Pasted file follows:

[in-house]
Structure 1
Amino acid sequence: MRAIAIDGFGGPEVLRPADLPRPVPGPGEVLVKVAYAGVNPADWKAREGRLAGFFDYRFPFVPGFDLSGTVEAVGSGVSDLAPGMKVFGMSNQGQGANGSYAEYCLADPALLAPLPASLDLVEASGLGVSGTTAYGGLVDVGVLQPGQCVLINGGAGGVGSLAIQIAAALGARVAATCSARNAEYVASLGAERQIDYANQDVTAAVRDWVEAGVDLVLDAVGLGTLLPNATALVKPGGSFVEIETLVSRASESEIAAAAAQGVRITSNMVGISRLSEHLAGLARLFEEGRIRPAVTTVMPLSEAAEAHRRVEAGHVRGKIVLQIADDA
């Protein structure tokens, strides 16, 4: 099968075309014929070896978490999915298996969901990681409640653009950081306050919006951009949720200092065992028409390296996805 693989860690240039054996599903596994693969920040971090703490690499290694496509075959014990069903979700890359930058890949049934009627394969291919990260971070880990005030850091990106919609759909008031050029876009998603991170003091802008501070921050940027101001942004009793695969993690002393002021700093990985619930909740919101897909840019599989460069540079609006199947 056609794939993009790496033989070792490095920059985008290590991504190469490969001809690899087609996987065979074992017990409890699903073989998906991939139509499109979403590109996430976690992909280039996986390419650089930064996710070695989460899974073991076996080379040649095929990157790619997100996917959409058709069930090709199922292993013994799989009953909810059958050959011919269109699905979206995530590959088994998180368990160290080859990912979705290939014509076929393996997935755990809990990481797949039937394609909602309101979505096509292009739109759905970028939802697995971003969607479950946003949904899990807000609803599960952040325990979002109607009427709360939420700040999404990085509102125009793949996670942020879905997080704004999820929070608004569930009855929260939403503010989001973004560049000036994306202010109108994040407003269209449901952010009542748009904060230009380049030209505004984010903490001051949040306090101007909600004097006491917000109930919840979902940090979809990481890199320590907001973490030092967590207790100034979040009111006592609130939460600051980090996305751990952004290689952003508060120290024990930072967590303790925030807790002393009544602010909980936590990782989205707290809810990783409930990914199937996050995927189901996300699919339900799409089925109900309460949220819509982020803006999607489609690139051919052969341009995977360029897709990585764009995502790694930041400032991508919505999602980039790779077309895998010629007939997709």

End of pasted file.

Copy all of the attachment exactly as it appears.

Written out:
[in-house]
Structure 1
Amino acid sequence: MRAIAIDGFGGPEVLRPADLPRPVPGPGEVLVKVAYAGVNPADWKAREGRLAGFFDYRFPFVPGFDLSGTVEAVGSGVSDLAPGMKVFGMSNQGQGANGSYAEYCLADPALLAPLPASLDLVEASGLGVSGTTAYGGLVDVGVLQPGQCVLINGGAGGVGSLAIQIAAALGARVAATCSARNAEYVASLGAERQIDYANQDVTAAVRDWVEAGVDLVLDAVGLGTLLPNATALVKPGGSFVEIETLVSRASESEIAAAAAQGVRITSNMVGISRLSEHLAGLARLFEEGRIRPAVTTVMPLSEAAEAHRRVEAGHVRGKIVLQIADDA
């Protein structure tokens, strides 16, 4: 099968075309014929070896978490999915298996969901990681409640653009950081306050919006951009949720200092065992028409390296996805 693989860690240039054996599903596994693969920040971090703490690499290694496509075959014990069903979700890359930058890949049934009627394969291919990260971070880990005030850091990106919609759909008031050029876009998603991170003091802008501070921050940027101001942004009793695969993690002393002021700093990985619930909740919101897909840019599989460069540079609006199947 056609794939993009790496033989070792490095920059985008290590991504190469490969001809690899087609996987065979074992017990409890699903073989998906991939139509499109979403590109996430976690992909280039996986390419650089930064996710070695989460899974073991076996080379040649095929990157790619997100996917959409058709069930090709199922292993013994799989009953909810059958050959011919269109699905979206995530590959088994998180368990160290080859990912979705290939014509076929393996997935755990809990990481797949039937394609909602309101979505096509292009739109759905970028939802697995971003969607479950946003949904899990807000609803599960952040325990979002109607009427709360939420700040999404990085509102125009793949996670942020879905997080704004999820929070608004569930009855929260939403503010989001973004560049000036994306202010109108994040407003269209449901952010009542748009904060230009380049030209505004984010903490001051949040306090101007909600004097006491917000109930919840979902940090979809990481890199320590907001973490030092967590207790100034979040009111006592609130939460600051980090996305751990952004290689952003508060120290024990930072967590303790925030807790002393009544602010909980936590990782989205707290809810990783409930990914199937996050995927189901996300699919339900799409089925109900309460949220819509982020803006999607489609690139051919052969341009995977360029897709990585764009995502790694930041400032991508919505999602980039790779077309895998010629007939997709």